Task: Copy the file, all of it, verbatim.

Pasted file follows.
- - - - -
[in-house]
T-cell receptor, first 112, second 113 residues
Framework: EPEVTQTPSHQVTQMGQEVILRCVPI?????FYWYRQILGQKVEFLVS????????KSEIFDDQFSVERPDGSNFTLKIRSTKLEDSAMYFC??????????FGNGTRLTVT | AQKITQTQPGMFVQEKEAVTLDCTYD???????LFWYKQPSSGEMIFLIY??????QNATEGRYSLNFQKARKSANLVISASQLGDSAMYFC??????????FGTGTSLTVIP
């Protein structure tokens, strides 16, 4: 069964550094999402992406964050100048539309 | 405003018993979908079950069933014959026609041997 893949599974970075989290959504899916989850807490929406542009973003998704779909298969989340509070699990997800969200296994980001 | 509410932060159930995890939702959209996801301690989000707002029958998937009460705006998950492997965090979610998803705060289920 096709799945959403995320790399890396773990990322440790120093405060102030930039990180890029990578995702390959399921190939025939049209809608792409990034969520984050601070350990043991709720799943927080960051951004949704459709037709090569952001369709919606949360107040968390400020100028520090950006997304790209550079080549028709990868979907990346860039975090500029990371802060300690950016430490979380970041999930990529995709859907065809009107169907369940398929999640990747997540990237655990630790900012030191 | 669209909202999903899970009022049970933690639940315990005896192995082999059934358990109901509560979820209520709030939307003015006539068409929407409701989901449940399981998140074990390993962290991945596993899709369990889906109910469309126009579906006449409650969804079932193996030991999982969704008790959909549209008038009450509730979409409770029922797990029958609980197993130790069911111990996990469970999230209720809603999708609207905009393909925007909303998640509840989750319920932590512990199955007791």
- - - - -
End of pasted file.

[in-house]
T-cell receptor, first 112, second 113 residues
Framework: EPEVTQTPSHQVTQMGQEVILRCVPI?????FYWYRQILGQKVEFLVS????????KSEIFDDQFSVERPDGSNFTLKIRSTKLEDSAMYFC??????????FGNGTRLTVT | AQKITQTQPGMFVQEKEAVTLDCTYD???????LFWYKQPSSGEMIFLIY??????QNATEGRYSLNFQKARKSANLVISASQLGDSAMYFC??????????FGTGTSLTVIP
């Protein structure tokens, strides 16, 4: 069964550094999402992406964050100048539309 | 405003018993979908079950069933014959026609041997 893949599974970075989290959504899916989850807490929406542009973003998704779909298969989340509070699990997800969200296994980001 | 509410932060159930995890939702959209996801301690989000707002029958998937009460705006998950492997965090979610998803705060289920 096709799945959403995320790399890396773990990322440790120093405060102030930039990180890029990578995702390959399921190939025939049209809608792409990034969520984050601070350990043991709720799943927080960051951004949704459709037709090569952001369709919606949360107040968390400020100028520090950006997304790209550079080549028709990868979907990346860039975090500029990371802060300690950016430490979380970041999930990529995709859907065809009107169907369940398929999640990747997540990237655990630790900012030191 | 669209909202999903899970009022049970933690639940315990005896192995082999059934358990109901509560979820209520709030939307003015006539068409929407409701989901449940399981998140074990390993962290991945596993899709369990889906109910469309126009579906006449409650969804079932193996030991999982969704008790959909549209008038009450509730979409409770029922797990029958609980197993130790069911111990996990469970999230209720809603999708609207905009393909925007909303998640509840989750319920932590512990199955007791």